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Reasonable cost for a Revocable Living Trust in NC

Discussion in 'Estate Planning, Creating Wills & Trusts' started by KIRA_LLC, Dec 4, 2020.

  1. KIRA_LLC

    KIRA_LLC Law Topic Starter New Member

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    Jurisdiction:
    North Carolina
    My wife and I are looking to get a revocable living trust established and here are some of the details.
    We own a home together. We both have 3 retirement accounts each. A joint equities account. Additionally my wife has started a rental property company in which she has purchased 3 rental homes all in her name with looking at purchasing more once we get our legal plan in place. We were quoted a rough quote of 2500-3500 to establish a trust and that seemed really high to me. Legal zoom seems like it would be a much cheaper option but I don’t believe that they could cover the complexity of our trust. If that seems like a reasonable quote can someone explain the reason for the cost. I’m not trying to be a penny pincher but also not trying to be wasteful either.
     
  2. Zigner

    Zigner Well-Known Member

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    Based on what you've described, the range of $2,500 to $3,500 seems pretty reasonable to me. You're really not in the "do-it-yourself" demographic.
     
  3. KIRA_LLC

    KIRA_LLC Law Topic Starter New Member

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    Can you explain what goes into that kind of fee? Maybe I’m oblivious to what goes into generating a living trust. I just don’t see why that high of a charge for a document.
     
  4. Zigner

    Zigner Well-Known Member

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    The huge printing presses of a major newspaper began malfunctioning putting the revenue for advertising that was to appear in the Sunday paper in jeopardy. None of the technicians could track down the problem. Finally, a frantic call was made to the retired printer who had worked with these presses for over 40 years. “We’ll pay anything; just come in and fix them,” he was told.


    When he arrived, he walked around for a few minutes, surveying the presses; then he approached one of the control panels and opened it. He removed a dime from his pocket, turned a screw 1/4 of a turn, and said, “The presses will now work correctly.” After being profusely thanked, he was told to submit a bill for his work.

    The bill arrived a few days later, for $10,000.00! Not wanting to pay such a huge amount for so little work, the printer was told to please itemize his charges, with the hope that he would reduce the amount once he had to identify his services. The revised bill arrived: $1.00 for turning the screw; $9,999.00 for knowing which screw to turn.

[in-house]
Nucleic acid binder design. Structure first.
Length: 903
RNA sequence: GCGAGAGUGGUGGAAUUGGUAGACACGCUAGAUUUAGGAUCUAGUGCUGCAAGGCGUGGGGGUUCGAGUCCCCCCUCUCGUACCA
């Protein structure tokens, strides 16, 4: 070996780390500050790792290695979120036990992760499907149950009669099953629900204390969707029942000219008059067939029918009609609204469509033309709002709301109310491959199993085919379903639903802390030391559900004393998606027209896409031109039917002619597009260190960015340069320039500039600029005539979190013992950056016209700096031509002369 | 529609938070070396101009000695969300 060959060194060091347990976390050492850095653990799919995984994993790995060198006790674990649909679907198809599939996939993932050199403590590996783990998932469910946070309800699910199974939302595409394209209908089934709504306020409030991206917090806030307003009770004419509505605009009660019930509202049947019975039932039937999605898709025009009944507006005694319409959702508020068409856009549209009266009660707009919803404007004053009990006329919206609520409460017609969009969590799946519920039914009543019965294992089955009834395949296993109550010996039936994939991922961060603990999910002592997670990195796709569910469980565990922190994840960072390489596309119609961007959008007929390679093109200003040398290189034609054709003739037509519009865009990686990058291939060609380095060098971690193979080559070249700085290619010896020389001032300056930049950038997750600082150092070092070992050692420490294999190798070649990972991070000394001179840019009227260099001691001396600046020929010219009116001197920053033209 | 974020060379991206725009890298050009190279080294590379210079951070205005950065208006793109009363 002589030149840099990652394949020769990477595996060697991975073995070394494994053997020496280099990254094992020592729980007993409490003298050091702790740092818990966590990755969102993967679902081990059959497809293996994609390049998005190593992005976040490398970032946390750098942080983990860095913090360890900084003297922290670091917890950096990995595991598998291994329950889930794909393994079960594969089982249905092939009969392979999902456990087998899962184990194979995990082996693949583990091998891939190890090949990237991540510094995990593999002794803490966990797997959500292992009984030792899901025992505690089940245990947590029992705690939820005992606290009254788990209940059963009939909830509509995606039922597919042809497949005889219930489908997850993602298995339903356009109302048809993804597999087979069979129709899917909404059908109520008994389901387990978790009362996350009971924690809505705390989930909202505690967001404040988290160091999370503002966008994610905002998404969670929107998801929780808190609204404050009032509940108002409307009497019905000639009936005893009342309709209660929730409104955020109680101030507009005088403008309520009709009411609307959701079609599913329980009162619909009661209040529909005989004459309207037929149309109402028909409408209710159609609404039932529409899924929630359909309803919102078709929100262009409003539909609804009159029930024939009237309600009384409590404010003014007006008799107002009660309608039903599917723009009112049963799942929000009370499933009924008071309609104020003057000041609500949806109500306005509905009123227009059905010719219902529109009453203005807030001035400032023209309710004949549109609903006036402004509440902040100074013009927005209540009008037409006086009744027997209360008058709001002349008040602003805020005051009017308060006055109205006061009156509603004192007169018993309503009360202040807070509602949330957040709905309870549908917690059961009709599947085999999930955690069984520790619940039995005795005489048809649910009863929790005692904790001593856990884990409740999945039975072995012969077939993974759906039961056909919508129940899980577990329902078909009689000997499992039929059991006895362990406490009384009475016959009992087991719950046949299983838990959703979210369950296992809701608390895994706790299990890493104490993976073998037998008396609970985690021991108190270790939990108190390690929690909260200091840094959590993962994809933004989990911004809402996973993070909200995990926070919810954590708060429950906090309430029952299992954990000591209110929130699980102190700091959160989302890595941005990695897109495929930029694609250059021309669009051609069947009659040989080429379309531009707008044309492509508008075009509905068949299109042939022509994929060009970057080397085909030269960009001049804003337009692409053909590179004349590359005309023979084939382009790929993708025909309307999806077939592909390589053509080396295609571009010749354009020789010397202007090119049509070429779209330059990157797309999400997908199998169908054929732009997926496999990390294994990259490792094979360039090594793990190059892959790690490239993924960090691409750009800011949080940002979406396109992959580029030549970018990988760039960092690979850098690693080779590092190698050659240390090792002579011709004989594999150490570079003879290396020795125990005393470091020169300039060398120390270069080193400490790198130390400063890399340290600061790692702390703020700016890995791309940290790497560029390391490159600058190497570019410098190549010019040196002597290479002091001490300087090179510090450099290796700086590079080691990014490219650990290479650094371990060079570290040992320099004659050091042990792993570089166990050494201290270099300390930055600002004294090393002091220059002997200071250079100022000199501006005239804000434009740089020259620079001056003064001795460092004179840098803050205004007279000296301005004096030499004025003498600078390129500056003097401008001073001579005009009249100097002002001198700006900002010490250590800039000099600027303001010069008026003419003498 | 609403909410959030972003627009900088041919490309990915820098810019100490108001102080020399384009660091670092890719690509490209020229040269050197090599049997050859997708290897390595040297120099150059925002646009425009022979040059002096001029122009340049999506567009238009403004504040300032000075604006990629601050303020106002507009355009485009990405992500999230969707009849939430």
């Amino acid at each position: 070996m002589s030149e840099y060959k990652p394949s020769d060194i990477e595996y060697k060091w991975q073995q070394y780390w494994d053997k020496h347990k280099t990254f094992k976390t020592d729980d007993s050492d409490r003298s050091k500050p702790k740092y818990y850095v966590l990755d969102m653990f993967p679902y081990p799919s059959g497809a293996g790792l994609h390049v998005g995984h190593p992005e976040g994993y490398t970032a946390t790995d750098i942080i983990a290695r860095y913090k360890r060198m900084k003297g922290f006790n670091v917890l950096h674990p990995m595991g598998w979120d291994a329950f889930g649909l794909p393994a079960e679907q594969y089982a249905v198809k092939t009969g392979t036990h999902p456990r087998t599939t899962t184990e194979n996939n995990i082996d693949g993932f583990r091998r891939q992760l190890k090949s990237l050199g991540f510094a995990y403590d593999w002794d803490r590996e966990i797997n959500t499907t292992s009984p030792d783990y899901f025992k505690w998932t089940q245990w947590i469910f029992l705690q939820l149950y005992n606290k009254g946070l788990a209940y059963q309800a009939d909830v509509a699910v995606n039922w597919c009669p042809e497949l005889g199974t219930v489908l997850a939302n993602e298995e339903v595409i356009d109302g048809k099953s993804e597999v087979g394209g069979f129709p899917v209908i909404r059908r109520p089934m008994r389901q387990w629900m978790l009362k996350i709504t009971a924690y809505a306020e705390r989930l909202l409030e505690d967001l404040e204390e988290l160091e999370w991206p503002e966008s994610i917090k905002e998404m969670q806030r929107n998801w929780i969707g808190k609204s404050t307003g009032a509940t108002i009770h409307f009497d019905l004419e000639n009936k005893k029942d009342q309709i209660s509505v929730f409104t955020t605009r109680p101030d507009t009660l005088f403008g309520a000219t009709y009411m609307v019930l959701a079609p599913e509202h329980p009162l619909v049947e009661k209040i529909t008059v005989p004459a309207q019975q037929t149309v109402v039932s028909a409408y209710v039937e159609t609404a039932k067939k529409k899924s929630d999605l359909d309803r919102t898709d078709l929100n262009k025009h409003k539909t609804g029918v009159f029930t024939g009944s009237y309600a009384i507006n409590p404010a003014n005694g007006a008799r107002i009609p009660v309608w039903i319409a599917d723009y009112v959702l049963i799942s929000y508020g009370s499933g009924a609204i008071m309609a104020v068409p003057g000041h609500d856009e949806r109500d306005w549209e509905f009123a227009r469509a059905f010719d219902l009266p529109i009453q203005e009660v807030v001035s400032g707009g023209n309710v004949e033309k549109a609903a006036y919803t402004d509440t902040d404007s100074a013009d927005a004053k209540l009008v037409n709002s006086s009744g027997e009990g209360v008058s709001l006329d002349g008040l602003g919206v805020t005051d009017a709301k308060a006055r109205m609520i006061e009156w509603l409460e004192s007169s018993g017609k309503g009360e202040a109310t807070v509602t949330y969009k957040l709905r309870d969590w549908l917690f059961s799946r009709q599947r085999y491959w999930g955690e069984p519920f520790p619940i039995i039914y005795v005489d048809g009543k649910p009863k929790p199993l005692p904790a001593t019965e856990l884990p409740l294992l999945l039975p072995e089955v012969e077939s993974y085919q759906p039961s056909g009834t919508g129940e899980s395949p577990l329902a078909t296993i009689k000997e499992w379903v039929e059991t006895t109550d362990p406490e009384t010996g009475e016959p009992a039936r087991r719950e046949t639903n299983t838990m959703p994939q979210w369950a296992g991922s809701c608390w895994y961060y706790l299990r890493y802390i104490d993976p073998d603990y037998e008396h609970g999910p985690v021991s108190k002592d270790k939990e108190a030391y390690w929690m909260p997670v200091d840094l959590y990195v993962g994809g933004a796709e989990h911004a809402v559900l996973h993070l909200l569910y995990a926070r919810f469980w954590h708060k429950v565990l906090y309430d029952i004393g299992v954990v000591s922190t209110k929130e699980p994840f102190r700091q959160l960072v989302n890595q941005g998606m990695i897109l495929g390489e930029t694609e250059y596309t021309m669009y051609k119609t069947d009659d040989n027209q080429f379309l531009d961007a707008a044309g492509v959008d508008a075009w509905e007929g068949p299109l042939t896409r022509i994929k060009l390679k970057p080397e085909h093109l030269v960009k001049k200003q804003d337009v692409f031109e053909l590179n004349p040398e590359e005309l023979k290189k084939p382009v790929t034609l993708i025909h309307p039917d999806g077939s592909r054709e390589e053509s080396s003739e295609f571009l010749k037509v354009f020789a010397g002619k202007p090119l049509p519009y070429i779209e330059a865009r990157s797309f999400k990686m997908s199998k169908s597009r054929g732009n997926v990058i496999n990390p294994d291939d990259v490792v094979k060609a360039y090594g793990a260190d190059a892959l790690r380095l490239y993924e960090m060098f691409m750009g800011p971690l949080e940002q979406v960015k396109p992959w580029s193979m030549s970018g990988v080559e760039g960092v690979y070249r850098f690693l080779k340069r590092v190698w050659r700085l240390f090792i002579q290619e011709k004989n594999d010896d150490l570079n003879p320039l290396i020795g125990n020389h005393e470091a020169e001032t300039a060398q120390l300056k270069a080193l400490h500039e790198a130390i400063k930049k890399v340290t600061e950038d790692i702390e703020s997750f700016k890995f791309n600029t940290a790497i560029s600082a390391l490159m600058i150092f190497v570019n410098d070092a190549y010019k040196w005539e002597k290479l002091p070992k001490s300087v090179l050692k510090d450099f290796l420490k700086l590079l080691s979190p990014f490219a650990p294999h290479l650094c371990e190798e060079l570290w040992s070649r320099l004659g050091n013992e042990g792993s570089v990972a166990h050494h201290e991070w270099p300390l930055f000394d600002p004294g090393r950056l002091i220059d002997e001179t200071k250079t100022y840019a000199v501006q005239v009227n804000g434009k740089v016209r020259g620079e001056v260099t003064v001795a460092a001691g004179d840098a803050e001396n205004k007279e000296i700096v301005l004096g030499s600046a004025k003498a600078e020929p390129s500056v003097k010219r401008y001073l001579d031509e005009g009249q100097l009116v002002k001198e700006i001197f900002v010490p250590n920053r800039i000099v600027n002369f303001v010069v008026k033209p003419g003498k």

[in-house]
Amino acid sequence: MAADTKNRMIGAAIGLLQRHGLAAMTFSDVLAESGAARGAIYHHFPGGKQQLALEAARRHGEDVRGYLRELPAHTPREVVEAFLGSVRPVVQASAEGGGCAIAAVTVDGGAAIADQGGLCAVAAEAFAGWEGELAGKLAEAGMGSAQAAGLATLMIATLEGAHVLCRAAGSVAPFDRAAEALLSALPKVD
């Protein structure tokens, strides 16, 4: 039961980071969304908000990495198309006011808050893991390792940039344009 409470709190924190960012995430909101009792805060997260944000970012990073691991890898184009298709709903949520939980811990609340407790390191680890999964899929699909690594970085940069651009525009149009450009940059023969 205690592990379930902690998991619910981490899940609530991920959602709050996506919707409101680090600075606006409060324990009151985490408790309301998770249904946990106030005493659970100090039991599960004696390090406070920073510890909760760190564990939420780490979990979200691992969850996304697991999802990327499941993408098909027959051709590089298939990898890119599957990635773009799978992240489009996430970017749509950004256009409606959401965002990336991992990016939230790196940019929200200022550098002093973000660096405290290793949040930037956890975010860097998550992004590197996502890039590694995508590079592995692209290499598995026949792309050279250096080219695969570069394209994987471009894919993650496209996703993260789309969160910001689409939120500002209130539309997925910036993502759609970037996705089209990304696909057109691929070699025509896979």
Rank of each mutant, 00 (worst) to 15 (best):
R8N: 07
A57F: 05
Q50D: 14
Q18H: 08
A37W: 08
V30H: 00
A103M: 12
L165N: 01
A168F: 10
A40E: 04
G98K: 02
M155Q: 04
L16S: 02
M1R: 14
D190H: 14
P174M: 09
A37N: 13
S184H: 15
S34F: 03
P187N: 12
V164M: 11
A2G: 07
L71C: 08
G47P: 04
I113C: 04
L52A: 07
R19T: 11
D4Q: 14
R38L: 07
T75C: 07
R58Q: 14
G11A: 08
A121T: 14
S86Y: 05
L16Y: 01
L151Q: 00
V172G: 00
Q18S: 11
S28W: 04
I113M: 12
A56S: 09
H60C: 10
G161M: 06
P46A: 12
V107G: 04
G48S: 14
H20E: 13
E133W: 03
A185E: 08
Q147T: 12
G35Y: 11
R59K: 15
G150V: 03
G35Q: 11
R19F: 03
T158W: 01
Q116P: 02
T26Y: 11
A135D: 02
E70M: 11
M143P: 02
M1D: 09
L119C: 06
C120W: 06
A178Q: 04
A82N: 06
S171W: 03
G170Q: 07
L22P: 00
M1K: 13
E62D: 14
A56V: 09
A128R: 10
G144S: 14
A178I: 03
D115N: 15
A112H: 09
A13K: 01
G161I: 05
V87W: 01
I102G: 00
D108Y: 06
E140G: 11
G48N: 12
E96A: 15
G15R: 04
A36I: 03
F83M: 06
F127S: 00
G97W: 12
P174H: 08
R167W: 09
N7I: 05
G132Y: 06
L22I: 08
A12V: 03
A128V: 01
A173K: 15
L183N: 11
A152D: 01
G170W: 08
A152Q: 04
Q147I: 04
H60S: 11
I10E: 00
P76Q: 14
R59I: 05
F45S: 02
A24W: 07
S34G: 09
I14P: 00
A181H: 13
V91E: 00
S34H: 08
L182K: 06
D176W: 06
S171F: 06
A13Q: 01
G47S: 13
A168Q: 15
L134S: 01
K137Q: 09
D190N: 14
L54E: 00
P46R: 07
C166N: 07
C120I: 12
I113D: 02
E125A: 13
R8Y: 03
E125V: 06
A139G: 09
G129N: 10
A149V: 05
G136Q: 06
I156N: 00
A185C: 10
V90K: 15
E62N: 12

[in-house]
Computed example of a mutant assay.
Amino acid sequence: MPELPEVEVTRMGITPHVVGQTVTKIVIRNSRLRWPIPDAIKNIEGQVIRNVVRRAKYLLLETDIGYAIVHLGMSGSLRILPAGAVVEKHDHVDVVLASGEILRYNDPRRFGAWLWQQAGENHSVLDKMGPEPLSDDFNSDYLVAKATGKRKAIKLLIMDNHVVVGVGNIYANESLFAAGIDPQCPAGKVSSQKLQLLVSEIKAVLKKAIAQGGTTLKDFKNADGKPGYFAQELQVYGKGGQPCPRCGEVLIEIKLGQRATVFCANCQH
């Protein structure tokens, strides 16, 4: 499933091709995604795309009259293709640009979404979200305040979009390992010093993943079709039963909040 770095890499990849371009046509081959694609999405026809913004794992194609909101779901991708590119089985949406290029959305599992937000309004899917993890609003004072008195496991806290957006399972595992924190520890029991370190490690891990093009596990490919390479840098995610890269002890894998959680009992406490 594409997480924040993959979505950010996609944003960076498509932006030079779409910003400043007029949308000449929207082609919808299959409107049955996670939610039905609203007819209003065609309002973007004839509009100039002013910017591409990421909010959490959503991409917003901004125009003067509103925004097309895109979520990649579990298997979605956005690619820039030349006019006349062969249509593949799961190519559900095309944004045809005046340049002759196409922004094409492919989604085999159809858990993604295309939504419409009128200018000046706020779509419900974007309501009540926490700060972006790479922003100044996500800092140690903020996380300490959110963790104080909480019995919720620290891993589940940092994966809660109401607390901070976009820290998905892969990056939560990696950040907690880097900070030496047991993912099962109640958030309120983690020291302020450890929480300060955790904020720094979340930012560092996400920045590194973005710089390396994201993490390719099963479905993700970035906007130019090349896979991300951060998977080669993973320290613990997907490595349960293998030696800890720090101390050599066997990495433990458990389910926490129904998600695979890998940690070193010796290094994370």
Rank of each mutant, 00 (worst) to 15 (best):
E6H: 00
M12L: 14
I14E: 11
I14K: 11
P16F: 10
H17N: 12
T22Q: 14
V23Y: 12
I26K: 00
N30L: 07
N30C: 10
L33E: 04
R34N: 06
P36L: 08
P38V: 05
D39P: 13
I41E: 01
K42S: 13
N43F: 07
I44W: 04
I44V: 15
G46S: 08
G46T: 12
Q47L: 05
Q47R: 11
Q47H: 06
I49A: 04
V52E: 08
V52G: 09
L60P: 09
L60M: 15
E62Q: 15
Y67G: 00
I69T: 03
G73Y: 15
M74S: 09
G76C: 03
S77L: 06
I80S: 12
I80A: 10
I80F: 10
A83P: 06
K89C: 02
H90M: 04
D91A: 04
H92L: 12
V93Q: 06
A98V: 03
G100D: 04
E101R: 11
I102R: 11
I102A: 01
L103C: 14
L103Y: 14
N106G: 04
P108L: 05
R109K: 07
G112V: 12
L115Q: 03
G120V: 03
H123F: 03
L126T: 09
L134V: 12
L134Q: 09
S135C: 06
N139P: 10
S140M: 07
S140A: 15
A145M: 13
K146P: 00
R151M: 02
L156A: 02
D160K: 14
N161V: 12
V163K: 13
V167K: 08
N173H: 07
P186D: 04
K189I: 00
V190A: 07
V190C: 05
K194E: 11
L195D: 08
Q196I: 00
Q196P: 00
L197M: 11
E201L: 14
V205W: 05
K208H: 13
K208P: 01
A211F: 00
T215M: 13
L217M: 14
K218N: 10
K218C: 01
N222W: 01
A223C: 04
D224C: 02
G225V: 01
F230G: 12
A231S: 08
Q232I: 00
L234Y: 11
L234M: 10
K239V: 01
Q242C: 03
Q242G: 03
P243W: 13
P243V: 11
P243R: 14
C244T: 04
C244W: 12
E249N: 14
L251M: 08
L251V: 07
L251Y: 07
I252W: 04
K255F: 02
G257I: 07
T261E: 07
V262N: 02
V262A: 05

(I have no idea who the author of this particular version of the story is...)
     
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  5. zddoodah

    zddoodah Well-Known Member

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    Agree.

    Moreover, and depending on the reason(s) why the wife took title to the properties only in her name, it might be advisable to create two (or more) separate trusts.

    If you're paying the lawyer on an hourly basis, you're going to pay $200-600 per hour (there are attorneys who charge less and some who charge much more, but I'd say 90% are probably in that range). If you're paying $300 per hour, then $2,500-3,500 buys you 8 1/3 to 11 2/3 hours. In the case of preparing a trust, attorneys typically have standard forms that they modify to fit each unique situation. While you will get the benefit of not having your document written from scratch, the attorney is going to bill you SOMETHING for the work that went into the document. Additionally, it's not just drafting the document. There's time for meetings and/or phone calls with you. The lawyer will need to obtain legal descriptions for the properties and prepare deeds to transfer them into the trust's name. The quote might also include other estate planning documents like a pour over will, healthcare directives, etc. There's more, but I think that gives you an idea. At the end of the day, there's nothing wrong with asking the attorney to explain the quote.
     
  6. Zigner

    Zigner Well-Known Member

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    The OP should also ask what kind of assistance is available for funding the trust (changing the titles/deeds, etc., as may be needed).

    EDIT: To be clear, I'm talking about the legwork, not the document preparation.
     
  7. flyingron

    flyingron Well-Known Member

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    I paid about $3000 for the combination of a living trust, a will, and advanced medical directives a few years back.
     

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